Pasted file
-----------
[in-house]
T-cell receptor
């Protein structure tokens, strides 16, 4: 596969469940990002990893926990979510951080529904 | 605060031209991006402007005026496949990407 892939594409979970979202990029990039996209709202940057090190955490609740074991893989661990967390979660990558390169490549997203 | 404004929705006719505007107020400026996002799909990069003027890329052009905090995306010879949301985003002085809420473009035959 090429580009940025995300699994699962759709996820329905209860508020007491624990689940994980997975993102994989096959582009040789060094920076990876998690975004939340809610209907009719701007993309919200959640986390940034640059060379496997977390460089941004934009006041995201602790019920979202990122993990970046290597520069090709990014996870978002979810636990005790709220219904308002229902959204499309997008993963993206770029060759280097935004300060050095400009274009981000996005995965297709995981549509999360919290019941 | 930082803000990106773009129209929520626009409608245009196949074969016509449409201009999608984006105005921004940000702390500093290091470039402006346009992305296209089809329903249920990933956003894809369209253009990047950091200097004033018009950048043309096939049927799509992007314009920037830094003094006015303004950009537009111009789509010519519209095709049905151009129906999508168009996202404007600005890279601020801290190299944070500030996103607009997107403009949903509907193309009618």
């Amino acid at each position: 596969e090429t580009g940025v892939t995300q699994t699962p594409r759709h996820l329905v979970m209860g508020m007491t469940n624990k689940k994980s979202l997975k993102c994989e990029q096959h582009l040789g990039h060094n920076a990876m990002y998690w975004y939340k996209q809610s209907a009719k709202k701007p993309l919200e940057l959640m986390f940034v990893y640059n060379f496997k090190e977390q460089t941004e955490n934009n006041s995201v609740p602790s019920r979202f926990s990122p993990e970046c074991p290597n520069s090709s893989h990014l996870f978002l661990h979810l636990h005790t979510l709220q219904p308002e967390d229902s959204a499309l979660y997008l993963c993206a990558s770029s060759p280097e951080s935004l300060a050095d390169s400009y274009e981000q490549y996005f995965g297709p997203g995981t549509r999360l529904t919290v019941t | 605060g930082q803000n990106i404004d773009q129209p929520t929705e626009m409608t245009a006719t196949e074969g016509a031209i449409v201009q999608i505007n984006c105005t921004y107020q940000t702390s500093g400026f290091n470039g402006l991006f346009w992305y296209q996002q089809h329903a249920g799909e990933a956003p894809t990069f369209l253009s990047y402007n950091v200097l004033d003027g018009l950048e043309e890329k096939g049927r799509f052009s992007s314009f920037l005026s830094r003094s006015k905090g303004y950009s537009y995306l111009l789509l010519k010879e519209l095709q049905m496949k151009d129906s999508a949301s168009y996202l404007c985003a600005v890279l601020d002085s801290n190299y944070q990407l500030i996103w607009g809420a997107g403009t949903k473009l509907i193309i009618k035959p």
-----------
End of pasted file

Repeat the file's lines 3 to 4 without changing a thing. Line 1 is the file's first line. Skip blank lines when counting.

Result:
């Protein structure tokens, strides 16, 4: 596969469940990002990893926990979510951080529904 | 605060031209991006402007005026496949990407 892939594409979970979202990029990039996209709202940057090190955490609740074991893989661990967390979660990558390169490549997203 | 404004929705006719505007107020400026996002799909990069003027890329052009905090995306010879949301985003002085809420473009035959 090429580009940025995300699994699962759709996820329905209860508020007491624990689940994980997975993102994989096959582009040789060094920076990876998690975004939340809610209907009719701007993309919200959640986390940034640059060379496997977390460089941004934009006041995201602790019920979202990122993990970046290597520069090709990014996870978002979810636990005790709220219904308002229902959204499309997008993963993206770029060759280097935004300060050095400009274009981000996005995965297709995981549509999360919290019941 | 930082803000990106773009129209929520626009409608245009196949074969016509449409201009999608984006105005921004940000702390500093290091470039402006346009992305296209089809329903249920990933956003894809369209253009990047950091200097004033018009950048043309096939049927799509992007314009920037830094003094006015303004950009537009111009789509010519519209095709049905151009129906999508168009996202404007600005890279601020801290190299944070500030996103607009997107403009949903509907193309009618």
């Amino acid at each position: 596969e090429t580009g940025v892939t995300q699994t699962p594409r759709h996820l329905v979970m209860g508020m007491t469940n624990k689940k994980s979202l997975k993102c994989e990029q096959h582009l040789g990039h060094n920076a990876m990002y998690w975004y939340k996209q809610s209907a009719k709202k701007p993309l919200e940057l959640m986390f940034v990893y640059n060379f496997k090190e977390q460089t941004e955490n934009n006041s995201v609740p602790s019920r979202f926990s990122p993990e970046c074991p290597n520069s090709s893989h990014l996870f978002l661990h979810l636990h005790t979510l709220q219904p308002e967390d229902s959204a499309l979660y997008l993963c993206a990558s770029s060759p280097e951080s935004l300060a050095d390169s400009y274009e981000q490549y996005f995965g297709p997203g995981t549509r999360l529904t919290v019941t | 605060g930082q803000n990106i404004d773009q129209p929520t929705e626009m409608t245009a006719t196949e074969g016509a031209i449409v201009q999608i505007n984006c105005t921004y107020q940000t702390s500093g400026f290091n470039g402006l991006f346009w992305y296209q996002q089809h329903a249920g799909e990933a956003p894809t990069f369209l253009s990047y402007n950091v200097l004033d003027g018009l950048e043309e890329k096939g049927r799509f052009s992007s314009f920037l005026s830094r003094s006015k905090g303004y950009s537009y995306l111009l789509l010519k010879e519209l095709q049905m496949k151009d129906s999508a949301s168009y996202l404007c985003a600005v890279l601020d002085s801290n190299y944070q990407l500030i996103w607009g809420a997107g403009t949903k473009l509907i193309i009618k035959p």